Centralization always sounds good to the person in the middle. But I believe that the rest of us ought to think the matter through carefully before signing on the dotted line.
Isn't there a dramatic risk that domestic church planting will become (more of) a stepchild to international missions if these two boards consolidate?
Presently, the messengers to the Southern Baptist Convention vote each year on budget priorities balancing international missions and home missions. If we consolidate the mission boards, the messengers will no longer have that privilege. Rather, we will approve a generic line item for missions, and the new board will decide how much to spend on domestic church planting and how much to spend on international missions.
Southern Baptists have always loved international missions more than we've loved the planting of churches in the United States. But a profound need exists for us to focus on church planting in the Northeast and the West. We will lose our nation unless we begin to impact those areas. If we consolidate the NAMB and the IMB, rather than having an entity for which reaching those areas is a top priority, we'll have an entity for which that mission is a footnote. Over time, I predict that more and more funding would migrate away from home missions and onto foreign fields, which has always been the kind of missionary work most exotic and appealing to Southern Baptists.
Aren't there some fundamental differences between what NAMB does and what IMB does?
Here's one difference right off the bat: The North American Mission Board exists to plant Southern Baptist churches, but the International Mission Board cannot plant Southern Baptist churches. The IMB should plant Baptist churches and only Baptist churches, but IMB churches are not geographically eligible to join the Southern Baptist Convention.
Will our projected new consolidated mission board start planting non-SBC congregations here in the USA?
The NAMB's benefactors are also its dependents. Thus it interacts with state conventions and local associations and local congregations in a manner unlike anything that happens at the IMB—differentiated from IMB interactions, if in no other way, simply by the fact that the people who receive NAMB ministries also have the ability to choose those who oversee the NAMB and to set the NAMB's funding.
Is this a catalyst for a Great Commission Resurgence among Southern Baptists, or is it a diversion?
Article IX will crowd out the remainder of the Great Commission Resurgence document. Whatever you think about the other articles, Article IX is shaping up to be the only article that matters.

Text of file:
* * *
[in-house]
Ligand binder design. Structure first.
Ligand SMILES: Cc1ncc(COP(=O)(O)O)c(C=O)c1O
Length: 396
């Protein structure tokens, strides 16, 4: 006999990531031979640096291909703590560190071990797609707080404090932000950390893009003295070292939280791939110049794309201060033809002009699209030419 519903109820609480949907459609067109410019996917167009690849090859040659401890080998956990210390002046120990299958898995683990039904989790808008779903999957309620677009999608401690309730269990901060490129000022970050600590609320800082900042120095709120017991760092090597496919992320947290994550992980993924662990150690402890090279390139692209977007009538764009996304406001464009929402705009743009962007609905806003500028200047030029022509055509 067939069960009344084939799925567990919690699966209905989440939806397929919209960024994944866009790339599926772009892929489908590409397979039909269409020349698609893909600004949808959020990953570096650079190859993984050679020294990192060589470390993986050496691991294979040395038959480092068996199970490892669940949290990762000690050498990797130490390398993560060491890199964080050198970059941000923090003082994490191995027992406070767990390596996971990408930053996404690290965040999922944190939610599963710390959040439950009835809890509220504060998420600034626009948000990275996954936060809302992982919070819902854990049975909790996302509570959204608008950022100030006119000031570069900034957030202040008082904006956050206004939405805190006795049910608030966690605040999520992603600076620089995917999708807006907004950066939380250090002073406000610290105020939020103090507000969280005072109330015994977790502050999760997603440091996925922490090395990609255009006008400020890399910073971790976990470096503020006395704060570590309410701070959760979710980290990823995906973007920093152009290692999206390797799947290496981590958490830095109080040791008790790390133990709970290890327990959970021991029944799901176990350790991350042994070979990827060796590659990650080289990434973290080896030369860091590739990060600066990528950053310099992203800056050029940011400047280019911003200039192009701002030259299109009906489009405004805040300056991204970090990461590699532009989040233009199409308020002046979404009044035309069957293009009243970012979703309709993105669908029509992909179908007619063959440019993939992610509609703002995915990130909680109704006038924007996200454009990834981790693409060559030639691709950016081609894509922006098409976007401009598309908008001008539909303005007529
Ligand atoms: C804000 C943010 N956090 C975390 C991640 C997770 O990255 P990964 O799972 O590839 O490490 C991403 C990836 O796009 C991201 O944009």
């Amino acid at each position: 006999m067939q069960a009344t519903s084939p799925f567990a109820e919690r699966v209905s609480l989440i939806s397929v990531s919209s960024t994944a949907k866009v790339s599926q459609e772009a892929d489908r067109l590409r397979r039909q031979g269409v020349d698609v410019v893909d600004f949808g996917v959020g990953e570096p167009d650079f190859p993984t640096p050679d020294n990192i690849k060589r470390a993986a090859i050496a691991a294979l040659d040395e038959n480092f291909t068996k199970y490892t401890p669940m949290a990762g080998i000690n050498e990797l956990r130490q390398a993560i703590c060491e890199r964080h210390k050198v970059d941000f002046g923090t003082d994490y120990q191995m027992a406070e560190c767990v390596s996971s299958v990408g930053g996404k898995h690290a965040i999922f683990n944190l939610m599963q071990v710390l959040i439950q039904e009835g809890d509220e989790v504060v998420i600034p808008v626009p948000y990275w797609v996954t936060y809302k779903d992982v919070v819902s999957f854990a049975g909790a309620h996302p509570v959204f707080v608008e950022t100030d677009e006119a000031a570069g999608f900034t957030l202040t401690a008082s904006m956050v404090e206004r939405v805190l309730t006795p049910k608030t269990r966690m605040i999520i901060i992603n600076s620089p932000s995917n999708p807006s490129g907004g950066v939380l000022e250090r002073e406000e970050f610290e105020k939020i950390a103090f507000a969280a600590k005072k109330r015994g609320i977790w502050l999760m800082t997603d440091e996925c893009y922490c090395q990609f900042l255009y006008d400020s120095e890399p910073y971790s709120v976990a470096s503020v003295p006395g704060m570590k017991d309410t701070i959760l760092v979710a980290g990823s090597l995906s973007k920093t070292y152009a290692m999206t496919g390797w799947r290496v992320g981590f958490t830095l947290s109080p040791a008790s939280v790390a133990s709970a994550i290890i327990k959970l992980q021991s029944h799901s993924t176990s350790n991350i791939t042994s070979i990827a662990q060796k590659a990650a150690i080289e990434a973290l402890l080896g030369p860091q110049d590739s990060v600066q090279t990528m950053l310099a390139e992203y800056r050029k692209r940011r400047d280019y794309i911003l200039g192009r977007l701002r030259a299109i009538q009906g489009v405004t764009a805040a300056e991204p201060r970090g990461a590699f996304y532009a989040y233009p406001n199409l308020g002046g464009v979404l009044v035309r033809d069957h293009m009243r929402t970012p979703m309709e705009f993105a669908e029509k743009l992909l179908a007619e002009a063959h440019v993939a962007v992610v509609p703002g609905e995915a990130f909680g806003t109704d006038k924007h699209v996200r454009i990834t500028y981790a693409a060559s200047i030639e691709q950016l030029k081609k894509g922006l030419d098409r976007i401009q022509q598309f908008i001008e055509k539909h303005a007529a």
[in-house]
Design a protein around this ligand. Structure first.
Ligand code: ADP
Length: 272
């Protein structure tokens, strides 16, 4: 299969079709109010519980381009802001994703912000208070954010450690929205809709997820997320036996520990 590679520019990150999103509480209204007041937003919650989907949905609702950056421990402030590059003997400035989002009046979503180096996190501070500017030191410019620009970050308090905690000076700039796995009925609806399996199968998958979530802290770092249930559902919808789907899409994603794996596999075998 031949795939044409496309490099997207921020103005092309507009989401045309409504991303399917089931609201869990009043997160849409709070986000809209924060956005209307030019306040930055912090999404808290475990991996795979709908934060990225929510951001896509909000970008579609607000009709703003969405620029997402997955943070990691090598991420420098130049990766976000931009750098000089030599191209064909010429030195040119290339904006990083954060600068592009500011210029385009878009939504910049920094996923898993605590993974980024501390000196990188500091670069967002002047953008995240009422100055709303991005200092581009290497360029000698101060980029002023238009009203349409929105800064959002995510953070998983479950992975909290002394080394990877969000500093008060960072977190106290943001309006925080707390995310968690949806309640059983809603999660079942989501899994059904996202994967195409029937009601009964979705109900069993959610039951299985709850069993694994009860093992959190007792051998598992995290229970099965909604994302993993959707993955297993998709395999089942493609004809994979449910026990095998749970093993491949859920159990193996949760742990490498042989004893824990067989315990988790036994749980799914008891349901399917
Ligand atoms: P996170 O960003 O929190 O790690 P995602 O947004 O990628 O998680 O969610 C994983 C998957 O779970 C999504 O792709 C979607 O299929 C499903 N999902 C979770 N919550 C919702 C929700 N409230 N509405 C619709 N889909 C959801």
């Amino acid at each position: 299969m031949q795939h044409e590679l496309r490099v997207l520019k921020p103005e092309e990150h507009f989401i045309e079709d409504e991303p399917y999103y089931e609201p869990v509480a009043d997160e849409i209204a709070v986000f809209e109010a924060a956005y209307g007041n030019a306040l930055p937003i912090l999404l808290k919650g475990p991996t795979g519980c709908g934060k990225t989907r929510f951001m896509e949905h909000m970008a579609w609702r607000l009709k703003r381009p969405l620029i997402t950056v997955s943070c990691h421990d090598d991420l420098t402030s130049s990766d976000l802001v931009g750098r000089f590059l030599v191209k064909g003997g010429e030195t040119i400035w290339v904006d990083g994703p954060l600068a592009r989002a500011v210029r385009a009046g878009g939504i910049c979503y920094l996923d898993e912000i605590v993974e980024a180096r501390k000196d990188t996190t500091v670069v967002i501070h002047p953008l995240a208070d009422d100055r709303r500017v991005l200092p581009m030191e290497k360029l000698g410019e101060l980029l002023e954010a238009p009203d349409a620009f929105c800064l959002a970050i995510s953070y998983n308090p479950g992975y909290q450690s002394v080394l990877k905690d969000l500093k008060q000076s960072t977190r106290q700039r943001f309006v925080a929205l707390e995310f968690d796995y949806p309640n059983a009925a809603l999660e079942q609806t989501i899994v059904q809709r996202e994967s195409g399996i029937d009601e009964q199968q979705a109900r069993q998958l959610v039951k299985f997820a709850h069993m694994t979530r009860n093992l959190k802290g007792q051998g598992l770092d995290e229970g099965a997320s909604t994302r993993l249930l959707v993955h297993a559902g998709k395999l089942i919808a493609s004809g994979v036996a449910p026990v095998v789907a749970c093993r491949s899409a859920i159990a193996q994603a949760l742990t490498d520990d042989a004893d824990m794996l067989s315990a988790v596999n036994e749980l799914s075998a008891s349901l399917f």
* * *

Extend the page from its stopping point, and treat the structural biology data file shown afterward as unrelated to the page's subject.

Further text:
First, Article IX is the only one of these articles that the Southern Baptist Convention has any ability to influence. Every other article represents tasks that can only be undertaken by local churches and individual believers, with the exception of Axiom V, which Hunt and Akin have clarified to be an affirmation of the status quo. The Southern Baptist Convention is inept to shape the actual ministerial practice of local churches and individual believers. This ineptitude is not a new development. It has never been the purpose nor the design of the SBC to shape the actual ministerial practice of its local churches and individual believers.
So, to vote on the GCR at this year's annual meeting is to vote solely upon Article IX.
Second, within Article IX, the only possible real outcome is a restructuring of our mission boards, seminaries, executive committee, and the ERLC.
Do you think that some level of streamlining or reform needs to take place at some state conventions? The lack of financial support for national and international missions at the Baptist General Convention of Texas is shameful and criminal, in my opinion. I see areas within the Southern Baptist family that could stand some change.
But I know that the Southern Baptist Convention is entirely powerless to effect any of those changes. The state conventions are autonomous. The local associations are autonomous. If the Southern Baptist Convention had the wherewithal to affect the workings of state conventions, the BGCT would not exist in its present form.
So, no motion, no resolution, no study committee, no task force, nor any blue-ribbon panel of the SBC can get individuals to acknowledge the Lordship of Christ, can focus individual Southern Baptists or Southern Baptist local churches on the gospel, can prompt individuals to live out the Great Commandments alongside the Great Commission, can make the SBC any more committed to biblical inerrancy than we achieved in the Conservative Resurgence, can improve the fidelity of SBC churches to biblical ecclesiology, can make Southern Baptist preachers preach better, can make local churches be any more biblically faithful or any more methodologically diverse, or can make Southern Baptist families more distinctively Christian. These are all tasks given by God to people and institutions other than the Southern Baptist Convention. And the SBC cannot change local associations or state conventions or local churches.